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President Obama’s election is due, in part, to the desire among many American liberals and leftists to be seen as “atoning” for the sin of racism and the crimes of slavery. The fact that Obama is bi-racial—his mother was white—matters little since he looks like an African-American. Indeed, the President’s own writing focuses on his African, Muslim roots, especially because his Kenyan father abandoned both him and his mother.
In an era of symbolic identity politics and affirmative action, only one kind of candidate could trump Obama’s credentials and that would be an African-American woman. Only such a candidate could symbolically address the sin and crime of sexism as well as that of racism. Ironically, the first woman who ever ran in a major party primary for the American Presidency did so in 1972. That was Congresswoman Shirley Chisholm, whose parents immigrated from British Guiana and Barbados. In 2004, Senator Carol Moseley Braun, also an African-American woman, ran in a major party primary for the American Presidency. Both women failed in their bids.
Currently there are 31 African American men and 13 African-American women in Congress; there are no African-Americans in the Senate. In the past there have been only six such senators in American history. Currently, there are 18 women in the Senate. In all of American history a total of 39 women of all races, including the current 18, have served as Senators.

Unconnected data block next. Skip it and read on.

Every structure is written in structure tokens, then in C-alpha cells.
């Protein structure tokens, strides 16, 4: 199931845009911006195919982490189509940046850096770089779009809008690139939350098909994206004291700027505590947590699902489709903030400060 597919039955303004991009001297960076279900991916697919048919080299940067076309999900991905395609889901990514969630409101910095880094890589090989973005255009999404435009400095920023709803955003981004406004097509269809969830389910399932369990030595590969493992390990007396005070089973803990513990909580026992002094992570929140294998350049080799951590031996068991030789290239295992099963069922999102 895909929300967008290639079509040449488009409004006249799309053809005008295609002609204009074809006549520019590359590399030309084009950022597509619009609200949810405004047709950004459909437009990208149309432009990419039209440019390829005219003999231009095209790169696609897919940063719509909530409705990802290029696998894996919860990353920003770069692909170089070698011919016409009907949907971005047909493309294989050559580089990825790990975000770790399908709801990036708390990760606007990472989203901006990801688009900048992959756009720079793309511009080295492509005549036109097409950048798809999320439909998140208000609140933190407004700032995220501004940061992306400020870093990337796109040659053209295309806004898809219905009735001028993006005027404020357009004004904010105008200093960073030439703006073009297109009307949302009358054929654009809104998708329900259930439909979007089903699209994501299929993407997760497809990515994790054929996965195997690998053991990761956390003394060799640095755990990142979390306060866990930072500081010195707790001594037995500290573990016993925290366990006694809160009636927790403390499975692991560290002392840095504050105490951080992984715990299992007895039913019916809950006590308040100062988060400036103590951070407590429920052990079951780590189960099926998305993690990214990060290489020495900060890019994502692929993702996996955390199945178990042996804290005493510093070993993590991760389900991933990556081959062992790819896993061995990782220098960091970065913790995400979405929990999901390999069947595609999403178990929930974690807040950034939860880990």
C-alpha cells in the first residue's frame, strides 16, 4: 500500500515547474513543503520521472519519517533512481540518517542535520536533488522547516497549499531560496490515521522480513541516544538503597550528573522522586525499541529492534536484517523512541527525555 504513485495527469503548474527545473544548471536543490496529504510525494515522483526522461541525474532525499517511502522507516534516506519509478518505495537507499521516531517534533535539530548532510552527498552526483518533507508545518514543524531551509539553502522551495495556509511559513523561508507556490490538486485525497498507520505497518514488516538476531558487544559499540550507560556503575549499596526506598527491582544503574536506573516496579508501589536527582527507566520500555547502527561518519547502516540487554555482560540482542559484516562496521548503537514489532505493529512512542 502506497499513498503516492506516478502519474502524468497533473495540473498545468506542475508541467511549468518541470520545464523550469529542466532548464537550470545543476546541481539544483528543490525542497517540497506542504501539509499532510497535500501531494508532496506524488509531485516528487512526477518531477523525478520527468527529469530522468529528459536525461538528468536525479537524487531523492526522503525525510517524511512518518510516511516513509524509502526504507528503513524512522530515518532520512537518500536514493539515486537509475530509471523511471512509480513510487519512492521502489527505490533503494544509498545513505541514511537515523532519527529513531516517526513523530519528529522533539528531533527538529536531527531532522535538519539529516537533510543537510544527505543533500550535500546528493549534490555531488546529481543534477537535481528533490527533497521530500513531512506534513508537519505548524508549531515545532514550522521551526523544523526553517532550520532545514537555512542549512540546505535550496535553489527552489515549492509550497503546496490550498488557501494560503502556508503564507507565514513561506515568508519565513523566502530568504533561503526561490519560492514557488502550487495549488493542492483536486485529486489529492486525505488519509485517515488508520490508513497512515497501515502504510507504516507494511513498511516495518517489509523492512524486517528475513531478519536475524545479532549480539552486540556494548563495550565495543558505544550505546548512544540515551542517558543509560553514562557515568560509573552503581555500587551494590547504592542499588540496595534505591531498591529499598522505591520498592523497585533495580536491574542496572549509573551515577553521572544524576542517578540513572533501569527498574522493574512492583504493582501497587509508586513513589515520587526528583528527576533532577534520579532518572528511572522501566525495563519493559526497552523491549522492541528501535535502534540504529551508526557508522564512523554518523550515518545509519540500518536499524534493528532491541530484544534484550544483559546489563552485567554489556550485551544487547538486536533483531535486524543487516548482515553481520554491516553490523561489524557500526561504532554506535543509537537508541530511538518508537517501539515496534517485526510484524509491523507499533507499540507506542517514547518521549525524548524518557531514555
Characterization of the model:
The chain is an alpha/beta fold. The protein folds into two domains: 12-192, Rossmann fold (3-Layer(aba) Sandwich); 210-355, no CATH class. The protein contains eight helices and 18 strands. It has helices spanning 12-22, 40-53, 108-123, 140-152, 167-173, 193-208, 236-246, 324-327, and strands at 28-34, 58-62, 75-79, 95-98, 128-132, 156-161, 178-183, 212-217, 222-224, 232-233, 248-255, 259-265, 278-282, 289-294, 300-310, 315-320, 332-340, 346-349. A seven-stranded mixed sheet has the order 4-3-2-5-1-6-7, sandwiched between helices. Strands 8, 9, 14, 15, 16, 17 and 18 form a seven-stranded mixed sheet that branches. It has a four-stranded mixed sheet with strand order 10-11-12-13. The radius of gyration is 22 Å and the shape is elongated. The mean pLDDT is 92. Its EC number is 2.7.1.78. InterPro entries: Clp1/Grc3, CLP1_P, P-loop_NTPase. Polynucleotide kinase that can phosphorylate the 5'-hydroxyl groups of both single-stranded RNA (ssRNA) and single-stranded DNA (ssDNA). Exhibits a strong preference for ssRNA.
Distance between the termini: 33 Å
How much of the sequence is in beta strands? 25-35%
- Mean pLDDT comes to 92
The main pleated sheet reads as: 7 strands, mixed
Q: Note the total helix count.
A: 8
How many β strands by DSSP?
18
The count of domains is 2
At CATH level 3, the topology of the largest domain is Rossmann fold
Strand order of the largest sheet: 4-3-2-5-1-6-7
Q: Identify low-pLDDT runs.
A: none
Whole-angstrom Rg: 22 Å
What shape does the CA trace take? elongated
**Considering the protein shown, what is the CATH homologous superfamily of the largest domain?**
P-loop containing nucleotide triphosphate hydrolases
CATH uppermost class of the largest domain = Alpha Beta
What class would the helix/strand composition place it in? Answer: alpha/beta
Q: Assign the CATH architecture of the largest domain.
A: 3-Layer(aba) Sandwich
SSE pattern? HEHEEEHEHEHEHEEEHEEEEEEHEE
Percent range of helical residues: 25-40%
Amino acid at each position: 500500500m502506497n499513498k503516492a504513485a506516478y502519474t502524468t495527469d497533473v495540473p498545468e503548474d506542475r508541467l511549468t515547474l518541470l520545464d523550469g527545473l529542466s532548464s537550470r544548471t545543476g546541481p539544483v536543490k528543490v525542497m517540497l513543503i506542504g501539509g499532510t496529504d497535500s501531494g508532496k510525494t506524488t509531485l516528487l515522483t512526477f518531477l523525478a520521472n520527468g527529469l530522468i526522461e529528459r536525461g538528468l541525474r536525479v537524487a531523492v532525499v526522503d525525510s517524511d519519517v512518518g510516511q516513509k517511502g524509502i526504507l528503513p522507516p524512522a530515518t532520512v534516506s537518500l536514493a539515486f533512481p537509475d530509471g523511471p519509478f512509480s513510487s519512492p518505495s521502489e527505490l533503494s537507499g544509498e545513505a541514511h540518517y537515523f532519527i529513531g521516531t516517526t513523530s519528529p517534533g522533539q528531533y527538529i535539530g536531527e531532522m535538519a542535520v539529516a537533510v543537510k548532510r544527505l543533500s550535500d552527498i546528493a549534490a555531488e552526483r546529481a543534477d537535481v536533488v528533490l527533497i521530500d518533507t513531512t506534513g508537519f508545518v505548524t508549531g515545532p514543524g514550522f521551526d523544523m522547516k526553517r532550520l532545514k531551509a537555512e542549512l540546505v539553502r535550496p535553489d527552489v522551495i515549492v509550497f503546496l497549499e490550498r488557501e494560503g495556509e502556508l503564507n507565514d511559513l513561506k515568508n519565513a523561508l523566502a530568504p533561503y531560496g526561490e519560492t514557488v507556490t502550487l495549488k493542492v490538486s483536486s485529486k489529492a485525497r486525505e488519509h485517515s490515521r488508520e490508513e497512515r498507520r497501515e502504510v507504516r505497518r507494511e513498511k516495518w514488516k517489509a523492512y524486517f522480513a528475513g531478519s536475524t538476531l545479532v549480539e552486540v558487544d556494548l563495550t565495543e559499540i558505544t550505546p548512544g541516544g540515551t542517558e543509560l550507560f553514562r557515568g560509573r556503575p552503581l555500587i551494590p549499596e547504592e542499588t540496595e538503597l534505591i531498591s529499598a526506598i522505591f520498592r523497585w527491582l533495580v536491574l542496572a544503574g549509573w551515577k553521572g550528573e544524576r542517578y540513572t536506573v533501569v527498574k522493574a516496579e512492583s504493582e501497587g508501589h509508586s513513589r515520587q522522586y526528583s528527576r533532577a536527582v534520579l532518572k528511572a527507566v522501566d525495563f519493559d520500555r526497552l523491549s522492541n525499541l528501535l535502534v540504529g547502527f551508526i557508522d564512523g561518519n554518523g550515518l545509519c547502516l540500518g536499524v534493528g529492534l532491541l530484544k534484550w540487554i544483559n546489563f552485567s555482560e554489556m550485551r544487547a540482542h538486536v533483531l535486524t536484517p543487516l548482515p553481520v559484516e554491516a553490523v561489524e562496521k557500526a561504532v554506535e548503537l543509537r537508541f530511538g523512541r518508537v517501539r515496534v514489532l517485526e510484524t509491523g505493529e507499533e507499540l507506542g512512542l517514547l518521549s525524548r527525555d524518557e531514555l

Given how many Americans confuse voting for the Presidency with voting for an American Idol; given how good so many Americans feel that we have “overcome” and have elected an African-American as our President; given how deep, high, and wide emotions are running in terms of racism (which trumps sexism as an issue even among establishment feminists), clearly, obviously, the next election is ripe for an African-American woman candidate. Obviously, she can be as inexperienced as President Obama was as long as she is charismatic, charming, eloquent, glamorous, and well connected to Hollywood, the media, and the academy. .
Maybe Oprah should run.
She will never run against her “guy.” Not a chance in Hell. (And I would never vote for her). But she represents the zeitgeist, what’s popular in America right now. And Obama has all the African-American hip-hop and rap artists and Hollywood stars sewn up tight. We can’t turn to them. Obama’s their “guy” too.
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